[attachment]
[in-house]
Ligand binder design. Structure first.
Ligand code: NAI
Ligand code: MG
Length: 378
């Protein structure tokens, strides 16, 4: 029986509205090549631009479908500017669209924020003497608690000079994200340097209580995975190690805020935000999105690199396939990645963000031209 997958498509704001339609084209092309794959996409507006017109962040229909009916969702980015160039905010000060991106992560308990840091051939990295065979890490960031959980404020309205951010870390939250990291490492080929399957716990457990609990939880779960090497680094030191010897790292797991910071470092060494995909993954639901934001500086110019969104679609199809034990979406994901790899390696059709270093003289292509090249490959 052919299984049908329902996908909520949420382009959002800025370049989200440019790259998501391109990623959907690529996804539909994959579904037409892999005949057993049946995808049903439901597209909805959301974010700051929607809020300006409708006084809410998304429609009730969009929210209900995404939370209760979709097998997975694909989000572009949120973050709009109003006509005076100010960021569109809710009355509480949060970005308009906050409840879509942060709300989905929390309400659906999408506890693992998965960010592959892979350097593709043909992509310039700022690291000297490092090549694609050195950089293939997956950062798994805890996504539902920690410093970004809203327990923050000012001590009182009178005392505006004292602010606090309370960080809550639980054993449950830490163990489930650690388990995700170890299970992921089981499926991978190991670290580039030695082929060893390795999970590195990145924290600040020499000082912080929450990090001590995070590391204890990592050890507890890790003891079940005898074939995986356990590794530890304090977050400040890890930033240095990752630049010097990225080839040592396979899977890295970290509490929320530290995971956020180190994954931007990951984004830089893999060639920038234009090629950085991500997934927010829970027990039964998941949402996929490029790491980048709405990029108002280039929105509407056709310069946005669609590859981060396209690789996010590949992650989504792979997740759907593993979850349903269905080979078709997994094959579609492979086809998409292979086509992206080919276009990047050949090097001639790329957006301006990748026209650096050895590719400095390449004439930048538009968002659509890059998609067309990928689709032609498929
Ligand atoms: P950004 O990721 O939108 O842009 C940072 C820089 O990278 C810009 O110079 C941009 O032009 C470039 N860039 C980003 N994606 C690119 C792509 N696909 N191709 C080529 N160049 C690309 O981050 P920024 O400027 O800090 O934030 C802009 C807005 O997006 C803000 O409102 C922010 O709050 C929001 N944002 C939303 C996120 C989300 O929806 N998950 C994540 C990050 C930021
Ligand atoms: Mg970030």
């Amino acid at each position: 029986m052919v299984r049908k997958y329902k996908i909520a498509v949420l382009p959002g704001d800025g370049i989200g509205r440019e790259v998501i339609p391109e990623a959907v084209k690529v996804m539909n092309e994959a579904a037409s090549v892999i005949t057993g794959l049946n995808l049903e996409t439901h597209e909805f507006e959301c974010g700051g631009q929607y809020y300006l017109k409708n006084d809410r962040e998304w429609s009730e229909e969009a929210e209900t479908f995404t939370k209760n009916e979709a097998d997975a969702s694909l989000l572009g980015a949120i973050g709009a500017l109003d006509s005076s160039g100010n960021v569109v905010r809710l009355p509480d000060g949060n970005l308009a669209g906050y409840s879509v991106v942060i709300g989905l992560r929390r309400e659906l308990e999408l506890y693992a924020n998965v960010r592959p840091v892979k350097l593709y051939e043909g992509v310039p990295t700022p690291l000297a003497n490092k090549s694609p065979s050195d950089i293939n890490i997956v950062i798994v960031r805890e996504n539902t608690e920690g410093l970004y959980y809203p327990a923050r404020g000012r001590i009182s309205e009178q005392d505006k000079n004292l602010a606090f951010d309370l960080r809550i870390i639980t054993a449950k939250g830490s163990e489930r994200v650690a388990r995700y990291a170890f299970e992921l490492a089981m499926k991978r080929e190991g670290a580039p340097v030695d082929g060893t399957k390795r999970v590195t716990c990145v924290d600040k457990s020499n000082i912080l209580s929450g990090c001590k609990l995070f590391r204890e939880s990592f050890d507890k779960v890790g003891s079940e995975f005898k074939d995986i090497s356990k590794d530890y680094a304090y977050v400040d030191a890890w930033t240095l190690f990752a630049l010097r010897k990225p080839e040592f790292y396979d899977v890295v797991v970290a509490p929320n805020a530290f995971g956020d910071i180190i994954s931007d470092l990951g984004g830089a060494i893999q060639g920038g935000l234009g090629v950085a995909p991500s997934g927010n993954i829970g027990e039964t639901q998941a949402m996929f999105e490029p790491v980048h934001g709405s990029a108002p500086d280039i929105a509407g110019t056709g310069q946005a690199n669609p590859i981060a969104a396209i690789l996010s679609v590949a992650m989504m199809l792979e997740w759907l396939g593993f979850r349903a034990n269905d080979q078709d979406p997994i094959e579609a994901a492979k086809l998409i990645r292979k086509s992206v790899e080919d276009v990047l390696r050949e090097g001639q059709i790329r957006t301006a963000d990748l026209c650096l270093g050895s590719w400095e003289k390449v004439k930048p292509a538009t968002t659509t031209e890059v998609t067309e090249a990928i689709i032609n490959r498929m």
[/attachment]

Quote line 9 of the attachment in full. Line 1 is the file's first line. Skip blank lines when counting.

């Amino acid at each position: 029986m052919v299984r049908k997958y329902k996908i909520a498509v949420l382009p959002g704001d800025g370049i989200g509205r440019e790259v998501i339609p391109e990623a959907v084209k690529v996804m539909n092309e994959a579904a037409s090549v892999i005949t057993g794959l049946n995808l049903e996409t439901h597209e909805f507006e959301c974010g700051g631009q929607y809020y300006l017109k409708n006084d809410r962040e998304w429609s009730e229909e969009a929210e209900t479908f995404t939370k209760n009916e979709a097998d997975a969702s694909l989000l572009g980015a949120i973050g709009a500017l109003d006509s005076s160039g100010n960021v569109v905010r809710l009355p509480d000060g949060n970005l308009a669209g906050y409840s879509v991106v942060i709300g989905l992560r929390r309400e659906l308990e999408l506890y693992a924020n998965v960010r592959p840091v892979k350097l593709y051939e043909g992509v310039p990295t700022p690291l000297a003497n490092k090549s694609p065979s050195d950089i293939n890490i997956v950062i798994v960031r805890e996504n539902t608690e920690g410093l970004y959980y809203p327990a923050r404020g000012r001590i009182s309205e009178q005392d505006k000079n004292l602010a606090f951010d309370l960080r809550i870390i639980t054993a449950k939250g830490s163990e489930r994200v650690a388990r995700y990291a170890f299970e992921l490492a089981m499926k991978r080929e190991g670290a580039p340097v030695d082929g060893t399957k390795r999970v590195t716990c990145v924290d600040k457990s020499n000082i912080l209580s929450g990090c001590k609990l995070f590391r204890e939880s990592f050890d507890k779960v890790g003891s079940e995975f005898k074939d995986i090497s356990k590794d530890y680094a304090y977050v400040d030191a890890w930033t240095l190690f990752a630049l010097r010897k990225p080839e040592f790292y396979d899977v890295v797991v970290a509490p929320n805020a530290f995971g956020d910071i180190i994954s931007d470092l990951g984004g830089a060494i893999q060639g920038g935000l234009g090629v950085a995909p991500s997934g927010n993954i829970g027990e039964t639901q998941a949402m996929f999105e490029p790491v980048h934001g709405s990029a108002p500086d280039i929105a509407g110019t056709g310069q946005a690199n669609p590859i981060a969104a396209i690789l996010s679609v590949a992650m989504m199809l792979e997740w759907l396939g593993f979850r349903a034990n269905d080979q078709d979406p997994i094959e579609a994901a492979k086809l998409i990645r292979k086509s992206v790899e080919d276009v990047l390696r050949e090097g001639q059709i790329r957006t301006a963000d990748l026209c650096l270093g050895s590719w400095e003289k390449v004439k930048p292509a538009t968002t659509t031209e890059v998609t067309e090249a990928i689709i032609n490959r498929m």